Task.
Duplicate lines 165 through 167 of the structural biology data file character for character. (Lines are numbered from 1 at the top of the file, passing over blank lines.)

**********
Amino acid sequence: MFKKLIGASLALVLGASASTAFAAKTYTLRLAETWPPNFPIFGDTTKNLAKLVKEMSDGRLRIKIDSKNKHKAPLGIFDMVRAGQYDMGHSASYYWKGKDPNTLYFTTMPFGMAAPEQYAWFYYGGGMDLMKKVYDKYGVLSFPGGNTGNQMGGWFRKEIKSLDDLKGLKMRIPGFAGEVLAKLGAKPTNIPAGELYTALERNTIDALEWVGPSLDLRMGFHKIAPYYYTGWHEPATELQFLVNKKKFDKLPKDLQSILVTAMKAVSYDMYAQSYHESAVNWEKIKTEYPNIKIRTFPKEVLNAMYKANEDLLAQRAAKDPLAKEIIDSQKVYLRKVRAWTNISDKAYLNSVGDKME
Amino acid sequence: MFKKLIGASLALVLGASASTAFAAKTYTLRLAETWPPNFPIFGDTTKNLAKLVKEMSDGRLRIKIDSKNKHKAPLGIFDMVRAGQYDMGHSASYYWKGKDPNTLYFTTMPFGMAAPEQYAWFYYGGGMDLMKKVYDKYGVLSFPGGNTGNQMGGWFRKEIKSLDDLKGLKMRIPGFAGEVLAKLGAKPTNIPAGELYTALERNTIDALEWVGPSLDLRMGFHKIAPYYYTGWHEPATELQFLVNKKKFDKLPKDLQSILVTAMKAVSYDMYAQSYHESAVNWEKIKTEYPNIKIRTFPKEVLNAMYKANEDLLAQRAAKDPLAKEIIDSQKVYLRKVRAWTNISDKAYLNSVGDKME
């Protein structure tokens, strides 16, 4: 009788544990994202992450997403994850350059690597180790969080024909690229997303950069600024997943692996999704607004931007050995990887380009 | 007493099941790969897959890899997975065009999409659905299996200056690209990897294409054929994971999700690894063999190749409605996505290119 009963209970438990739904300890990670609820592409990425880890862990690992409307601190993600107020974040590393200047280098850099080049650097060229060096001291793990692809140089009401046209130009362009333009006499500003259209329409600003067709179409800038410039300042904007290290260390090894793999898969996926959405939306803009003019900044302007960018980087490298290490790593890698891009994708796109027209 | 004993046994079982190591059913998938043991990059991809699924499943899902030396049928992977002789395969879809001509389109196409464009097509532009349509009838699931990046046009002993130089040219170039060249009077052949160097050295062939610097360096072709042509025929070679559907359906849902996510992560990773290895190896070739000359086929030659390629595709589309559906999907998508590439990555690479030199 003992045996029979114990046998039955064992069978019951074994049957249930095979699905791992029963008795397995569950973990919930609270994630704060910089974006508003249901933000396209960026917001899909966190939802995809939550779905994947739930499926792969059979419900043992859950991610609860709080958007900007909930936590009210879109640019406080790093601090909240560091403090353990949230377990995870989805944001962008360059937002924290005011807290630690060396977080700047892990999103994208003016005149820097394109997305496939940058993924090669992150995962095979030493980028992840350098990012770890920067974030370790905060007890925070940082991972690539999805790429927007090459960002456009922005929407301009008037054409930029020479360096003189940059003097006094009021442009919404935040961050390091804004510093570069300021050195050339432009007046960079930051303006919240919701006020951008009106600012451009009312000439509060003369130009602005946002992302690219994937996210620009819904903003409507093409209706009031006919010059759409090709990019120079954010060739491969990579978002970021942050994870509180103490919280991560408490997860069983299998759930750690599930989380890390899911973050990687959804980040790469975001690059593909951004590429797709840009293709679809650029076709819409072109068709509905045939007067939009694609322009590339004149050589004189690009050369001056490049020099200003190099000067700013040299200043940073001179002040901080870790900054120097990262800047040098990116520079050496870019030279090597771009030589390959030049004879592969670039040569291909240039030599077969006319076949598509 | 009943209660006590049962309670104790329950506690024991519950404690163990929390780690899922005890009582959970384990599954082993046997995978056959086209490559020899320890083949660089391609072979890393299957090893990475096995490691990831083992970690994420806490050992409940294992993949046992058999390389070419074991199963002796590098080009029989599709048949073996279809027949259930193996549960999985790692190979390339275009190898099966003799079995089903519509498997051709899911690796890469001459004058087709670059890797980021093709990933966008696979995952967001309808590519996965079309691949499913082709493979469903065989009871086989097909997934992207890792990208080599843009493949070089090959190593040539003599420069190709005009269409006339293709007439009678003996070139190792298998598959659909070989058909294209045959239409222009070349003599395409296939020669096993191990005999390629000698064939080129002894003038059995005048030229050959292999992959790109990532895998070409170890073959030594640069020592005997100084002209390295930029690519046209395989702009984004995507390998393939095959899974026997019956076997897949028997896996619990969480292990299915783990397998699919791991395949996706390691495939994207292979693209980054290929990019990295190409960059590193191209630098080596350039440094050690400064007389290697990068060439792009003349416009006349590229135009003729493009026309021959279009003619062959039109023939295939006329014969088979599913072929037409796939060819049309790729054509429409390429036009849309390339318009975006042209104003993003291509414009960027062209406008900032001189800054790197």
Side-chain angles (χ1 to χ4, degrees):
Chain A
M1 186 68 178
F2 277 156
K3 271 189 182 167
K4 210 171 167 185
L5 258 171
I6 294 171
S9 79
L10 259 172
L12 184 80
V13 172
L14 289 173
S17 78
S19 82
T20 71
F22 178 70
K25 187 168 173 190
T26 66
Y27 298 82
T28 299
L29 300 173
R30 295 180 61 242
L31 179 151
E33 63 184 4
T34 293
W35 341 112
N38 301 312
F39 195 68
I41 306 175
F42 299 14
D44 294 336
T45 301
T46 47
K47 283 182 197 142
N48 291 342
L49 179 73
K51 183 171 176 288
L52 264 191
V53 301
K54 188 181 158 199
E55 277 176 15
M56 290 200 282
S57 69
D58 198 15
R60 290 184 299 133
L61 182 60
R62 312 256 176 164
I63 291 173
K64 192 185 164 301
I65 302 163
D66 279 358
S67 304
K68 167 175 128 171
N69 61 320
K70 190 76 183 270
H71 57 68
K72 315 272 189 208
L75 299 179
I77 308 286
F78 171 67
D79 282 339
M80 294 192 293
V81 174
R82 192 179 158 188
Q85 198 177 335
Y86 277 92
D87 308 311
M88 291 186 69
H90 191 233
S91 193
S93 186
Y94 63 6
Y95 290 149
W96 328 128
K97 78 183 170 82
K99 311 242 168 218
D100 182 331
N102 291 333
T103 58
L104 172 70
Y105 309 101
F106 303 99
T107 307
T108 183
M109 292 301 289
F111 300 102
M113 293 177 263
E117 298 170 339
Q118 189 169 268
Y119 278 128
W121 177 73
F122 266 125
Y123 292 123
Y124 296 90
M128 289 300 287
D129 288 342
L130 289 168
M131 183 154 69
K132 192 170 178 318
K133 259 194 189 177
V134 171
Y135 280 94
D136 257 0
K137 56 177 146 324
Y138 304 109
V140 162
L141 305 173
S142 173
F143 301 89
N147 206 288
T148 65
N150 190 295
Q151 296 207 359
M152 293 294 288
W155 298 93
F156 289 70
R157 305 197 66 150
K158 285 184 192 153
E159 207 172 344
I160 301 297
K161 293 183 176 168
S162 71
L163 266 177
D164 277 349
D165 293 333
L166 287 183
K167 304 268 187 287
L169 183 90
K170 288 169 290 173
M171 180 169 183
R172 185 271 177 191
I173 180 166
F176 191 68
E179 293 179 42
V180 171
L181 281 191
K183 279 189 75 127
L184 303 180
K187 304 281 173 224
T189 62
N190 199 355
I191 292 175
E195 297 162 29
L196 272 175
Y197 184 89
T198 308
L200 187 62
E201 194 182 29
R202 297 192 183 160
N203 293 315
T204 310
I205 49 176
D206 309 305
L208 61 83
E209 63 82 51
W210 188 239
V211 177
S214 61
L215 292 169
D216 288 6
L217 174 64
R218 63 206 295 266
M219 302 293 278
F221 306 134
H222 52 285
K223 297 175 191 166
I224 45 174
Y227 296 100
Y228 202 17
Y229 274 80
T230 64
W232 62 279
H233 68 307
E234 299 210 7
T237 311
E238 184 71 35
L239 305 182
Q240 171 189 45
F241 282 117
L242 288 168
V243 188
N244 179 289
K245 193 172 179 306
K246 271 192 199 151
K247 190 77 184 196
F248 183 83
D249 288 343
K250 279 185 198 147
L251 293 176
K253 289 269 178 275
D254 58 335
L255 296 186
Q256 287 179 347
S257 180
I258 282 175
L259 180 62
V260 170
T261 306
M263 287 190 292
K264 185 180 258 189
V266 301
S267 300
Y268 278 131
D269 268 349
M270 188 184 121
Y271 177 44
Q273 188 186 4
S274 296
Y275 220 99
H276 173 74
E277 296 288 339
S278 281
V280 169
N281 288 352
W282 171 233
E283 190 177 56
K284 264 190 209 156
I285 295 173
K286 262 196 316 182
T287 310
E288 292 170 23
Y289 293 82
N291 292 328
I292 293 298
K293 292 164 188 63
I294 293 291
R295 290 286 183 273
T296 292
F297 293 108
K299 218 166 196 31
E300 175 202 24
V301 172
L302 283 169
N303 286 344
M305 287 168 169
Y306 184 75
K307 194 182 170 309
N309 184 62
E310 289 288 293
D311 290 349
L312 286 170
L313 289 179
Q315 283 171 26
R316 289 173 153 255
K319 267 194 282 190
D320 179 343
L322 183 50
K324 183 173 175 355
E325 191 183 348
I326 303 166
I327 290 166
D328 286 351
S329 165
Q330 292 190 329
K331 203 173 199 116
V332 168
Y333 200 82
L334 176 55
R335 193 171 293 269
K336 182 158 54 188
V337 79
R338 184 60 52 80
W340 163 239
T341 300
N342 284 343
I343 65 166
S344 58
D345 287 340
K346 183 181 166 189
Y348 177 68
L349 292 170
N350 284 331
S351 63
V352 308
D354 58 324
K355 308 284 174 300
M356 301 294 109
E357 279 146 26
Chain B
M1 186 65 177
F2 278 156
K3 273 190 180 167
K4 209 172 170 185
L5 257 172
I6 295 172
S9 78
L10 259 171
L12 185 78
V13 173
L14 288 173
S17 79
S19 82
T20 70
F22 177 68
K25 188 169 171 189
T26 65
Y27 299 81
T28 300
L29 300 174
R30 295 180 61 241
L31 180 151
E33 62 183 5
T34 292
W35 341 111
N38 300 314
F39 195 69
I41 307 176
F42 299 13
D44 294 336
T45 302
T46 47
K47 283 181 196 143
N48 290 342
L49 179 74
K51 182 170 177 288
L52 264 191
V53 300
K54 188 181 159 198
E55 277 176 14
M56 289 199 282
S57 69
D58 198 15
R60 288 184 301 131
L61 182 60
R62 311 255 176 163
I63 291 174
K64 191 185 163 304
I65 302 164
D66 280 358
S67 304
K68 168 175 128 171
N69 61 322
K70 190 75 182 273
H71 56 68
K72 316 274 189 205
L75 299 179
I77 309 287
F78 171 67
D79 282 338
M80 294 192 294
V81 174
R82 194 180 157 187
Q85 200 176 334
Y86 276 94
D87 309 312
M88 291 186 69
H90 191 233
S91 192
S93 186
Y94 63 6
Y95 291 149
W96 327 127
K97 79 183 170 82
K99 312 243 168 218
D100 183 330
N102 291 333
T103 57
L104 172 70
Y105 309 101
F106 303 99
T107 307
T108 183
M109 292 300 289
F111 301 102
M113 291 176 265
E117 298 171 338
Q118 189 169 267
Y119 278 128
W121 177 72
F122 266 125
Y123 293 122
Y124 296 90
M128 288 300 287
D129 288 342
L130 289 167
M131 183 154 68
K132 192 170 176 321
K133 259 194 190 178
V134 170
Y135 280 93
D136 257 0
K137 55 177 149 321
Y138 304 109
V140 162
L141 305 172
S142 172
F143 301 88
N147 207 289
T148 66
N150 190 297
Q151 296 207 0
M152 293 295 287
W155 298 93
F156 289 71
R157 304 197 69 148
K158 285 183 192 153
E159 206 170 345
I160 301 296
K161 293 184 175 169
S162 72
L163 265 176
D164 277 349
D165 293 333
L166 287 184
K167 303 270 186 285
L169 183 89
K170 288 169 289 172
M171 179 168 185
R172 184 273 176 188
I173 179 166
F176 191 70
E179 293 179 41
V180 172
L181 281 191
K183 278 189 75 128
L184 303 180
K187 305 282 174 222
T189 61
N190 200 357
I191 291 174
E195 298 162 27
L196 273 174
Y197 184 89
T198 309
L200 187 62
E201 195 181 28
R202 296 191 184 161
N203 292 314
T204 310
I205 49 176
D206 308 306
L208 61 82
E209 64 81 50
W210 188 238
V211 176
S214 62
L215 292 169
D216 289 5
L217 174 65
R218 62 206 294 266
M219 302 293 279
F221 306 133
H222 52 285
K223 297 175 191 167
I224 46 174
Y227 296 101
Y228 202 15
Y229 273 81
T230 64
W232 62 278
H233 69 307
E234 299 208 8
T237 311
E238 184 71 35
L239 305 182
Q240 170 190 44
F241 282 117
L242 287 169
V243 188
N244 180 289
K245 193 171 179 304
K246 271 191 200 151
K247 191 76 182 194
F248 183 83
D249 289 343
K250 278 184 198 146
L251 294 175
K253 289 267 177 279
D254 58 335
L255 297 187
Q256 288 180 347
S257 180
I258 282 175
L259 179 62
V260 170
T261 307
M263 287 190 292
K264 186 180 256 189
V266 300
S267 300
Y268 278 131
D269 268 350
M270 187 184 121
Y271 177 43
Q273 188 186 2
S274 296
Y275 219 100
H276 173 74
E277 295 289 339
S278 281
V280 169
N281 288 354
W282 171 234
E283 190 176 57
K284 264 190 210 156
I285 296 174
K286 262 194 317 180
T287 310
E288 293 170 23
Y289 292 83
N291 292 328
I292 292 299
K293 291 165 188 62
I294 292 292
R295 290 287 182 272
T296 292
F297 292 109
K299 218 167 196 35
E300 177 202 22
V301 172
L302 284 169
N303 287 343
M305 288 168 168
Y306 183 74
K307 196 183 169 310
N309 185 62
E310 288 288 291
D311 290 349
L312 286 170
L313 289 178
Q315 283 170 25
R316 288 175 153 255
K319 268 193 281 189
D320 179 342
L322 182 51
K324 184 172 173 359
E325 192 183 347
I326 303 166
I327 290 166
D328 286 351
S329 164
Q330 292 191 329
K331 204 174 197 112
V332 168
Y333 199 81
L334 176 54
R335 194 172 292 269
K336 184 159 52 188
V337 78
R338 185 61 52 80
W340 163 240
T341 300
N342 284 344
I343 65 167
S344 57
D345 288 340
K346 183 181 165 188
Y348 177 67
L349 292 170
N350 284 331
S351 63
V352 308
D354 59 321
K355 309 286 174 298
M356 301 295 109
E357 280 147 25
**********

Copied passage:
L217 174 64
R218 63 206 295 266
M219 302 293 278